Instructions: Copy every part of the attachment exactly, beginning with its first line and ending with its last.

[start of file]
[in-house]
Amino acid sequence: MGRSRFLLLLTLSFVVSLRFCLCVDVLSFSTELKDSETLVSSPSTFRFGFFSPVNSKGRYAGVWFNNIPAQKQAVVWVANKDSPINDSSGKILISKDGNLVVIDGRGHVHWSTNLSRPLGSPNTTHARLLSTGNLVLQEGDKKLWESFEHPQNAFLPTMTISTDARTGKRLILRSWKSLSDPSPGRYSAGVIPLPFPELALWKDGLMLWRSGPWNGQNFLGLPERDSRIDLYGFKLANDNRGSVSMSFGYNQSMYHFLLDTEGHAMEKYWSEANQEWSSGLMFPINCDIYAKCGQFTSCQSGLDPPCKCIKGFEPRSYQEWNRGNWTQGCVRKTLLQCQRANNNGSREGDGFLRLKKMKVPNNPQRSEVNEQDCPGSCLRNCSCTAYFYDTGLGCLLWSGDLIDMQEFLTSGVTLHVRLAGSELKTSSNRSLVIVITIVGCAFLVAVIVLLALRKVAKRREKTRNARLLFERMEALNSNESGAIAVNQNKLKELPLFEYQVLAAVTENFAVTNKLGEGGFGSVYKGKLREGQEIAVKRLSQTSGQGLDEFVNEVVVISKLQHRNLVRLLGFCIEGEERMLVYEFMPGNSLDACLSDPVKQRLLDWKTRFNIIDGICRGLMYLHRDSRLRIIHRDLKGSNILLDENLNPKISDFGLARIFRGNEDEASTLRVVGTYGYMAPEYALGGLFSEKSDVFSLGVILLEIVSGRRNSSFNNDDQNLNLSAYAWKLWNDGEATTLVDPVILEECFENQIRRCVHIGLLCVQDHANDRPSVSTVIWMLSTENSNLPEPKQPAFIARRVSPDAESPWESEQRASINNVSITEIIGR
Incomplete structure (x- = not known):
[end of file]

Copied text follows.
[in-house]
Amino acid sequence: MGRSRFLLLLTLSFVVSLRFCLCVDVLSFSTELKDSETLVSSPSTFRFGFFSPVNSKGRYAGVWFNNIPAQKQAVVWVANKDSPINDSSGKILISKDGNLVVIDGRGHVHWSTNLSRPLGSPNTTHARLLSTGNLVLQEGDKKLWESFEHPQNAFLPTMTISTDARTGKRLILRSWKSLSDPSPGRYSAGVIPLPFPELALWKDGLMLWRSGPWNGQNFLGLPERDSRIDLYGFKLANDNRGSVSMSFGYNQSMYHFLLDTEGHAMEKYWSEANQEWSSGLMFPINCDIYAKCGQFTSCQSGLDPPCKCIKGFEPRSYQEWNRGNWTQGCVRKTLLQCQRANNNGSREGDGFLRLKKMKVPNNPQRSEVNEQDCPGSCLRNCSCTAYFYDTGLGCLLWSGDLIDMQEFLTSGVTLHVRLAGSELKTSSNRSLVIVITIVGCAFLVAVIVLLALRKVAKRREKTRNARLLFERMEALNSNESGAIAVNQNKLKELPLFEYQVLAAVTENFAVTNKLGEGGFGSVYKGKLREGQEIAVKRLSQTSGQGLDEFVNEVVVISKLQHRNLVRLLGFCIEGEERMLVYEFMPGNSLDACLSDPVKQRLLDWKTRFNIIDGICRGLMYLHRDSRLRIIHRDLKGSNILLDENLNPKISDFGLARIFRGNEDEASTLRVVGTYGYMAPEYALGGLFSEKSDVFSLGVILLEIVSGRRNSSFNNDDQNLNLSAYAWKLWNDGEATTLVDPVILEECFENQIRRCVHIGLLCVQDHANDRPSVSTVIWMLSTENSNLPEPKQPAFIARRVSPDAESPWESEQRASINNVSITEIIGR
Incomplete structure (x- = not known):